We are mothers and daughters.
We are women.
It is a man’s world even at the female student-dominated Azusa Pacific University. As women, our rights to buy undergarments have been taken away because of the common man. As a private university, Azusa Pacific has control over the content that students and staff access on the school’s Internet.
Many figured this out when they went to buy a new bra on Victoria’s Secret’s website and a rectangular box of death popped up.
Victoria’s Secret is the largest American retailer of lingerie. For some women, Victoria’s Secret is the only place that supplies large enough bras to support their chests.
The only problem is that Victoria’s Secret promotes sexuality. However, we seem to forget that a similar sexuality was prevalent in the Bible. In the beginning of time, Adam and Eve walked around in the garden naked. It was a natural way of life. It still is for many of us.
Yet there is this social stigma if a girl wears a “sexy” bra, she is by default seen as promiscuous. Why is that? Because women have always been seen as a symbol of sex for men and the logical solution to preventing that at a Christian university is by blocking sites with “inappropriate content.”
There are many problems with this way of thinking. It is naïve. Men are not the only people who struggle with purity; women do, too.
To make it fair to the entire student body, all websites that contain male models should also banned, such as Abercrombie & Fitch, Hanes and American Eagle. While we’re at it, we might as well ban Google, because if I search “Magic Mike,” a dozen naked men pop up on my Web browser.
Part of the misconception is that students would use Victoria’s Secret as a means for pornography.
Unfortunately, porn is not a problem to get a hold of on campus. Many students can purchase their own wireless Internet or go and download it at Starbucks. Some of The Shire students have close enough access to get Starbucks’ Wi-Fi from the comfort of their own homes.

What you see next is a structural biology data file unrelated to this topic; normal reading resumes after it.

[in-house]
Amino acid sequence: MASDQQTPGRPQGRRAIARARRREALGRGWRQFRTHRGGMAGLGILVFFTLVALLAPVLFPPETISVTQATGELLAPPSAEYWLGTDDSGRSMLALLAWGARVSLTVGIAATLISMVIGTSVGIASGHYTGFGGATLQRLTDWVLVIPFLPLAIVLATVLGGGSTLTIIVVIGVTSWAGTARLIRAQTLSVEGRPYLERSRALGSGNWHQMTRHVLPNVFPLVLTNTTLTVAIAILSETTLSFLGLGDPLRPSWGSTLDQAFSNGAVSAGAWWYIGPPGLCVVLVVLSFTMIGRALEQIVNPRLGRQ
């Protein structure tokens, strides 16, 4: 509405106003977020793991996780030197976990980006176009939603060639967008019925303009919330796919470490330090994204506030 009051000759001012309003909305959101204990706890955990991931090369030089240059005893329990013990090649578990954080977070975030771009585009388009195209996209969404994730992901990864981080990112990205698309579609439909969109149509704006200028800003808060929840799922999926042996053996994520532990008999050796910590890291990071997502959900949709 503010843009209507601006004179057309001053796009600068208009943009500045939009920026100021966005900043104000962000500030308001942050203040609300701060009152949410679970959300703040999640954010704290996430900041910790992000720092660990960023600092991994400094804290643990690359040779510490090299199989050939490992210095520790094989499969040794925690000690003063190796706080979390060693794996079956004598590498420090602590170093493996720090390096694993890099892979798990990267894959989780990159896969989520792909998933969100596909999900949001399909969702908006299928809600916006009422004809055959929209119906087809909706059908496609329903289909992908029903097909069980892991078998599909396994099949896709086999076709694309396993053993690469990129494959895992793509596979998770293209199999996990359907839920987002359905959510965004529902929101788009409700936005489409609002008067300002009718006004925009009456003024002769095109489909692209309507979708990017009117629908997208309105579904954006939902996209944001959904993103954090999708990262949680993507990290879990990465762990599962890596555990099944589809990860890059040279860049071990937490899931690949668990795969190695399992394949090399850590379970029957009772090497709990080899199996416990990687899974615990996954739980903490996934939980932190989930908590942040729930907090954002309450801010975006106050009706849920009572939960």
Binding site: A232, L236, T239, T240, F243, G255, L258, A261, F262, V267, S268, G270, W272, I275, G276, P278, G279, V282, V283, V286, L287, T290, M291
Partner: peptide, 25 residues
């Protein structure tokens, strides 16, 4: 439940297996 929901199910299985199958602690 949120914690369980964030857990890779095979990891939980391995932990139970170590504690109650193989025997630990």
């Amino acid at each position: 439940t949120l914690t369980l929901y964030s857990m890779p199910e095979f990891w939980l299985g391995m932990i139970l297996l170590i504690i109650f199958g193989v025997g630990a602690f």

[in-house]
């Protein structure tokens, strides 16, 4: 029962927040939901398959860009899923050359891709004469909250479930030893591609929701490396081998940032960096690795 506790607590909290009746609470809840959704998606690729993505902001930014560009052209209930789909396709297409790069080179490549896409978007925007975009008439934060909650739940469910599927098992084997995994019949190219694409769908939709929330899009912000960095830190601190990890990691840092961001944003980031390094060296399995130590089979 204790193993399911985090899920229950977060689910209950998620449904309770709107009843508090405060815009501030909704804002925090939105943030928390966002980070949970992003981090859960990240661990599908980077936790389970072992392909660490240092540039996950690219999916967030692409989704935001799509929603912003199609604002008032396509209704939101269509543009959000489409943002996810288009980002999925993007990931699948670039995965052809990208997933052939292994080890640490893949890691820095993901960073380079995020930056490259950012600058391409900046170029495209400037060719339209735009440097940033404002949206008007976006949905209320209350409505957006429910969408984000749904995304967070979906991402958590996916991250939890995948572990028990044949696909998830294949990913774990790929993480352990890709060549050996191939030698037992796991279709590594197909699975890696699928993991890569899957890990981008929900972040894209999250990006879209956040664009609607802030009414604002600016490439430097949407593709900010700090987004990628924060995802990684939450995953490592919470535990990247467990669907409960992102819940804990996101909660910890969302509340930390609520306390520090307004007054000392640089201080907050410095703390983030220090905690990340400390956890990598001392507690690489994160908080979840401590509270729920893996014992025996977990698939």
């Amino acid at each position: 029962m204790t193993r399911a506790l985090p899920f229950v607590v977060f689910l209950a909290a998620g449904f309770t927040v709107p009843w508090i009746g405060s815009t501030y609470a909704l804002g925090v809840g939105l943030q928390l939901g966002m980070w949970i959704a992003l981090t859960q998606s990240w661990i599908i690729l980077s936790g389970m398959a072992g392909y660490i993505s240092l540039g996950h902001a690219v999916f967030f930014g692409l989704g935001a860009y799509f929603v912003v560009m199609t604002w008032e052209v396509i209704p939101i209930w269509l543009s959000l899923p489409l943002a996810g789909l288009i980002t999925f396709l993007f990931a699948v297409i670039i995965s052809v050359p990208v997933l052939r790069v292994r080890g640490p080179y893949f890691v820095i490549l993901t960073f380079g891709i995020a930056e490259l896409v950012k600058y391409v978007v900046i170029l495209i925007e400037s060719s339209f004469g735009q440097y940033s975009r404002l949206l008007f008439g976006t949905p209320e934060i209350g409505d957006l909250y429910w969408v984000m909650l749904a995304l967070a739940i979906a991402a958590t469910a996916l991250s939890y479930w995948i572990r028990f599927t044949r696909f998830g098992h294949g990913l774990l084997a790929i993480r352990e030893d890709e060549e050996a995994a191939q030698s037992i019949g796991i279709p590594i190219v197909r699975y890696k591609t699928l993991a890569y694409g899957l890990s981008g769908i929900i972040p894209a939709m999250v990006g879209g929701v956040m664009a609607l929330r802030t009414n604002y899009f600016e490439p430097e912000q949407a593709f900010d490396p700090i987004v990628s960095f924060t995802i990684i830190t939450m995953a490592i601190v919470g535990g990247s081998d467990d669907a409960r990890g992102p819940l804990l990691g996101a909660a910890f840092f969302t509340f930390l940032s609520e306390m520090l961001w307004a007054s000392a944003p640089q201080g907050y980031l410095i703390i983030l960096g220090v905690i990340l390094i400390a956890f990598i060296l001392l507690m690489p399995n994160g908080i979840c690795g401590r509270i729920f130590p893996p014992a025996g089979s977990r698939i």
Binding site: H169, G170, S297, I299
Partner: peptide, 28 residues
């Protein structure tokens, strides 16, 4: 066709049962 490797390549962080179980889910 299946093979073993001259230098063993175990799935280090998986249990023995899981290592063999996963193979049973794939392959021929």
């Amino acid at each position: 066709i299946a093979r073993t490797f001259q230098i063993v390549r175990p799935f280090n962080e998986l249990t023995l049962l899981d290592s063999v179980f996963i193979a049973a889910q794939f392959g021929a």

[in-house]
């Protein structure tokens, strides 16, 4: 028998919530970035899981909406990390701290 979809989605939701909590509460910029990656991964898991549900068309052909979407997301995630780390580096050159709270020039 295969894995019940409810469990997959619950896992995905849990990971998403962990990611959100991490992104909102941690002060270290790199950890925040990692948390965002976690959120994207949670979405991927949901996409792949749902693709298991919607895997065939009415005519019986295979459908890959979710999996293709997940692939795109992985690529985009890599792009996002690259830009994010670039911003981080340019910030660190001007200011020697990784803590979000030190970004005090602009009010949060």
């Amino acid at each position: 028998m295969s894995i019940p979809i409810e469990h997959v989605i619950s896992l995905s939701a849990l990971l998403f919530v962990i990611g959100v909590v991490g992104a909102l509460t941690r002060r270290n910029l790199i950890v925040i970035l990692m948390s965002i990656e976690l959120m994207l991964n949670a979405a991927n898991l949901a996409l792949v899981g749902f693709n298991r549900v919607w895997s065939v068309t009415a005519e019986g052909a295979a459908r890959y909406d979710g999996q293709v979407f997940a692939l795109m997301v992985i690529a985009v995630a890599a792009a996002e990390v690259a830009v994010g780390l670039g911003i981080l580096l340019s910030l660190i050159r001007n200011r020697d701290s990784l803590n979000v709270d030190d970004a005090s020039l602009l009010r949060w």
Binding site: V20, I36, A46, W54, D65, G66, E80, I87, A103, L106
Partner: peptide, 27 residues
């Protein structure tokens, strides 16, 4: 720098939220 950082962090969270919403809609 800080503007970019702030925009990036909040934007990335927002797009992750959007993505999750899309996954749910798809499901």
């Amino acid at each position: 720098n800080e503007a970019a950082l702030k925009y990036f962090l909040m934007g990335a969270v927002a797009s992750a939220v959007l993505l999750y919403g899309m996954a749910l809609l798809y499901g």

If students wanted to view half-naked ladies or men, they would be able to do so easily, regardless of the block on Victoria’s Secret’s website.
I could understand if the school banned the website because of the annual Victoria’s Secret Fashion Show, since it can be very provocative. But the fashion show airs on CBS, not Victoria’s Secret’s website. Those who want to watch it can view it Dec. 10 on broadcast television or Hulu the next day. Not to mention social media will have constant updates and pictures.
Besides, there is so much more to Victoria’s Secret than sexy lingerie. They sell workout apparel, beauty products, lounge clothes and normal, non-sexy undergarments. It is a place to buy long-lasting basic necessities for every day life. Why should that right be taken away?
The truth is that women are doing society a favor by wearing bras. Nobody wants a bunch of bra burners running around causing chaos, and to be honest, it wouldn’t be comfortable.
The physical store only carries up to size DD40, and anyone who has a larger size is forced to shop online.
I ran into that problem while buying bras and had to resort to online shopping. When I found out the website was blocked, I was overwhelmed with frustration.
First of all, Starbucks is too far of a walk for my lazy self, and second, shopping online for bras in a public place is more uncomfortable than farting in front of your crush.
Because of this ban, I now have to buy my bras on the black market without the luxury of the familiarity that comes with my purchases delievered in that cute pink box.
Give us our access to Victoria’s Secret back and we can go on making the world a better place.